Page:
Over the past two decades, Ginsburg and Jablonka have developed a novel approach to studying the evolutionary origins of consciousness: the Unlimited Associative Learning framework. The central idea is that there is a distinctive type of learning that can serve as a transition marker for the evolutionary transition from non-conscious to conscious life. The goal of this paper is to stimulate discussion of the framework by providing a primer on its key claims and a clear statement of its main empirical (...)
    Remove from this list   Direct download (3 more)  
     
    Export citation  
     
    Bookmark   20 citations  
  49. The Measurement Problem of Consciousness.Heather Browning & Walter Veit - 2020 - Philosophical Topics 48 (1):85-108.
    This paper addresses what we consider to be the most pressing challenge for the emerging science of consciousness: the measurement problem of consciousness. That is, by what methods can we determine the presence of and properties of consciousness? Most methods are currently developed through evaluation of the presence of consciousness in humans and here we argue that there are particular problems in application of these methods to nonhuman cases—what we call the indicator validity problem and the extrapolation problem. The first (...)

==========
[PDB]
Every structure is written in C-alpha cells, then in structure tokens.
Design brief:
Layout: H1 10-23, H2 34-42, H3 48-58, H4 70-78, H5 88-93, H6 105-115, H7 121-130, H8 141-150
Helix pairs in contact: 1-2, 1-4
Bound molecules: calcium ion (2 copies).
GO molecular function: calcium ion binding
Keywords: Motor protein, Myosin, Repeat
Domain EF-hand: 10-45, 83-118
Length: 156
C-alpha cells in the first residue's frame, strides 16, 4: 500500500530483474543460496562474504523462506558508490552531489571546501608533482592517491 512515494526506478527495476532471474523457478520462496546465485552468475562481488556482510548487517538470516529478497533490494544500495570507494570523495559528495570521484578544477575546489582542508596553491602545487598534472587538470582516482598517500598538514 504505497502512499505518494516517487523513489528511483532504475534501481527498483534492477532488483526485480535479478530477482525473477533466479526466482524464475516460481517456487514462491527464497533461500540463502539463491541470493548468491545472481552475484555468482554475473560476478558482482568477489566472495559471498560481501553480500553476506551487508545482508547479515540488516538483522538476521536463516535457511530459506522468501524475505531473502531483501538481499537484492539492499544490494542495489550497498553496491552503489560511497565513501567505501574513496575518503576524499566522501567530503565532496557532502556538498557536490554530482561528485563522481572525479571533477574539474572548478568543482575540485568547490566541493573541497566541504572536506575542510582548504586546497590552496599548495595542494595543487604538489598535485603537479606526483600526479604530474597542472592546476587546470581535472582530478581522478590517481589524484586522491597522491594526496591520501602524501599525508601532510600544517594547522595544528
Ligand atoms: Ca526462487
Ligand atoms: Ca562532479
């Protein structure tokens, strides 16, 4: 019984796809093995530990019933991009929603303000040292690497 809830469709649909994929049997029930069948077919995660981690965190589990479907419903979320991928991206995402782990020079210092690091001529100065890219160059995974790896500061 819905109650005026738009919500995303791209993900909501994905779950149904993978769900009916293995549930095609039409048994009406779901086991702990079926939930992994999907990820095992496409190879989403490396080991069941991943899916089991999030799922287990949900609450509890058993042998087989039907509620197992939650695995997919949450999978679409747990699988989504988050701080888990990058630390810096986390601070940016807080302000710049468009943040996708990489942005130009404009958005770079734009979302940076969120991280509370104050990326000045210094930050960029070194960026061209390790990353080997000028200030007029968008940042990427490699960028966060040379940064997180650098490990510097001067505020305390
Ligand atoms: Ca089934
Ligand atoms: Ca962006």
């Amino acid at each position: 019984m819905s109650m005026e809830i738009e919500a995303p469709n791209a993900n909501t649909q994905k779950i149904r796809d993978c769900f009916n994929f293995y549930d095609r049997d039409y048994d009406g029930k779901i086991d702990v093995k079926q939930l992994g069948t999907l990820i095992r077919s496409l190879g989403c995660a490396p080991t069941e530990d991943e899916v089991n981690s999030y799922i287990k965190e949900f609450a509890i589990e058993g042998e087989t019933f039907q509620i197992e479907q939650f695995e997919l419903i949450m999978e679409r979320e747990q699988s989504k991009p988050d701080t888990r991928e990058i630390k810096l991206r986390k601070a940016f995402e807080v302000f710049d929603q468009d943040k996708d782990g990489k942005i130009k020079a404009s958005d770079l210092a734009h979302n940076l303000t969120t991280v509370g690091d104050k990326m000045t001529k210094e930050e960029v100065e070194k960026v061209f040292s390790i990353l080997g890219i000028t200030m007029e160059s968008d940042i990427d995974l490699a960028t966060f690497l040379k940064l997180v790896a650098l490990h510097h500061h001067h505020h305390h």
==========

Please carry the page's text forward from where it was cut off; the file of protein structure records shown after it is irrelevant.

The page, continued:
Remove from this list   Direct download (7 more)  
     
    Export citation  
     
    Bookmark   17 citations  
  50. Representing the Mind as Such in Infancy.Peter Carruthers - 2020 - Review of Philosophy and Psychology 11 (4):765-781.
    Tyler Burge claims in a recent high-profile publication that none of the existing evidence for mental-state attribution by children prior to the age of four or five really supports such a conclusion; and he makes this claim, not just for beliefs, but for mental states of all sorts. In its place, he offers an explanatory framework according to which infants and young children attribute mere information-registering states and teleologically-characterized motivational states, which are said to lack the defining properties of the (...)
    Remove from this list   Direct download (4 more)  
     
    Export citation  
     
    Bookmark   3 citations  
1 — 50 / 357